8 Nov 2011

"My speedo touched 27 mph, Mel Sears was still happily in the wheels"

Read about how a small team of friends from RAF Benson enjoyed cycling in the Chilterns

The Build up
Paul Bucknall, the team leader took care of all pre-ride administration which involved liaising with RAF Benson Physical Education Flight and booking suitable accommodation along the route. We (the riders) had to have the correct fitness level to complete the ride of some 180 miles over two days.
The Route

This involved us joining the cycle way just outside RAF Benson in Oxfordshire. We then followed it in a clockwise direction with pre-arranged rendezvous points where we could meet the support driver, stock up on fluids etc. The route was challenging with plenty of short steep gradients to test the riders fitness followed by many technical descents. The majority of the route was based on quiet single track roads surrounded by the stunning backdrop of the Chiltern countryside.
The aim
Was to give road cyclists from RAF Benson the opportunity to ride and compete whilst being covered with by on duty status. The funding came from RAF Benson’s own cycling club budget and proved to be a great success, it was not only a great opportunity to make friends and enjoy the Chilterns, but has laid down foundations for more long distance events in the future.
Day one
We met at RAF Benson ready for an 09:00 depart. The weather was perfect, a clear morning with a subtle tail wind easing us out.
Armed with just his trusty map Paul Bucknall led the way, the short sharp climbs synonymous with the Chilterns started immediately causing the group to split up before the regroup at the top.
Twenty miles in we approached White Leaf hill climb which is well known locally and was much talked about amongst the group. Dan Toole was struggling with a knee injury and was advised to try a slightly easier ascent. The rest of us approached the climb following Jonny Heaton’s wheel, the difficulty of the climb was obvious to see, as Jonny began to swerve back and forth across the road while spinning a small gear up the climb. All riders were glad to make it to the top without any walking and were happy with the news that the hardest climb of the day over.
At midday we stopped at a café in Wendover for a quick cake break, with thirty miles behind us our next stop would be at sixty miles, there we would enjoy a more lengthy food stop.
The route remained challenging, it was either going up or down all the way until lunch which didn’t seem to be impressing Dan Toole. PTI Melonie Sears (Former GB road cyclist) was showing her calibre as she sat comfortably at the front for most of the afternoon.
The lunch stop was a pleasing sight for all and the weather was fine enough to sit outside and enjoy the sun, not bad for October.
“Twenty five miles to go,” was the brief from Paul Bucknall as we set out on the last leg of the day. The course actually passed our accommodation where we were to stay that evening with a soul destroying twenty miles to go, fortunately the last part was the flattest. We were able to coast home with no difficulties, apart for the cyclocross style track to the finish – job done.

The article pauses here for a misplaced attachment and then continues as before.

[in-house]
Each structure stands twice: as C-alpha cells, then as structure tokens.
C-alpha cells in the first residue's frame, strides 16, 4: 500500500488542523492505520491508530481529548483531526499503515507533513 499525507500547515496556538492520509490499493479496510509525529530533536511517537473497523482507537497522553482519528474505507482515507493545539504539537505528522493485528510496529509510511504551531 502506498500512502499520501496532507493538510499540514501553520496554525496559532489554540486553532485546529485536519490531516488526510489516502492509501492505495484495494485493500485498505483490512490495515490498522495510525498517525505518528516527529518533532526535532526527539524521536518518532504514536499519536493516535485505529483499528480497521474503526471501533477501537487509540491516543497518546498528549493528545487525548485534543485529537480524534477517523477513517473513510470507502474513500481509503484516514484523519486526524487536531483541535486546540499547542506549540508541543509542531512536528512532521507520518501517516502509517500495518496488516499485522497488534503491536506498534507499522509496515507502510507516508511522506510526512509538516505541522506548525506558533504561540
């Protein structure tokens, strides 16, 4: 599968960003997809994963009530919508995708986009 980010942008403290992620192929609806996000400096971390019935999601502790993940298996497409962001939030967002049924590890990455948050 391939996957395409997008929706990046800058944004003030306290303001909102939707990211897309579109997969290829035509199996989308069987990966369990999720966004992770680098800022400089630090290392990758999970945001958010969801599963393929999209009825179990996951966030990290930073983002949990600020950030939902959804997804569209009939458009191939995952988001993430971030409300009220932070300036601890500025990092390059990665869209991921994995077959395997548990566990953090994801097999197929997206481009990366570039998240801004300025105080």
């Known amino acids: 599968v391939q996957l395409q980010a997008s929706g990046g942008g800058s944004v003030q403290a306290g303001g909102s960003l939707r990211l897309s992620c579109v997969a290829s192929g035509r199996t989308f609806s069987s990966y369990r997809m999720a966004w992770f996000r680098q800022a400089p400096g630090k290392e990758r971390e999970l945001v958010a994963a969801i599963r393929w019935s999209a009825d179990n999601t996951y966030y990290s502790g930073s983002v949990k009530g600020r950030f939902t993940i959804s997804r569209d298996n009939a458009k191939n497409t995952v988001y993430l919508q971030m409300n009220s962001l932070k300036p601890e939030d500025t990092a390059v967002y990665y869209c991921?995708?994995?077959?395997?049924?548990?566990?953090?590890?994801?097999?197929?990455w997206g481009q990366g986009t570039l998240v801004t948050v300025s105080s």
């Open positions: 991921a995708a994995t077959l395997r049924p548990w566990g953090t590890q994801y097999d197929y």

Day two
Refreshed from a good night sleep the group were back on the road and once again the glorious Buckinghamshire weather was on our side. The first twenty miles saw us sweep quietly through country lanes at a respectable 15 – 20 mph. At this point we decided we had done enough to earn our breakfast so a quick café stop was called, morale was high and everyone seemed to really be enjoying just being out on their bikes “much better than being in work,” I thought.
We were back on the road again and making good progress before a pot hole put an end to my front wheel; cue the support driver, It was very frustrating for everyone as we had to wait at the train station in Amersham for around thirty minutes for the driver to arrive with a spare wheel.
Behind on schedule, we had time to make up, we lifted the pace and covered the next thirty miles in steady time. Now back on schedule we approached the Hughendone Valley which produced probably the hardest climbs of the day. The sun had come out by this time and spirits were high once again, one more food stop in High Wycombe before the last section of the route.
The last section saw us hit the highest speed of the ride with good through and off’s at the front. My speedo touched 27 mph, Mel Sears was still happily sat in the wheels, I suppose you never really lose it.
As the sun began to go down, we rolled back into RAF Benson happy with our two days training. I think everyone got what they wanted from the ride, for me it was just a good start to those winter base miles we all hate; my hope is to run another two day event in the spring.
The RAF through its many stations runs various cycling trips and outing, if you would like to get involved visit your local gym, ask for the details of your cycling point of contact or visit RAF Cycling www.rafcycling.org.uk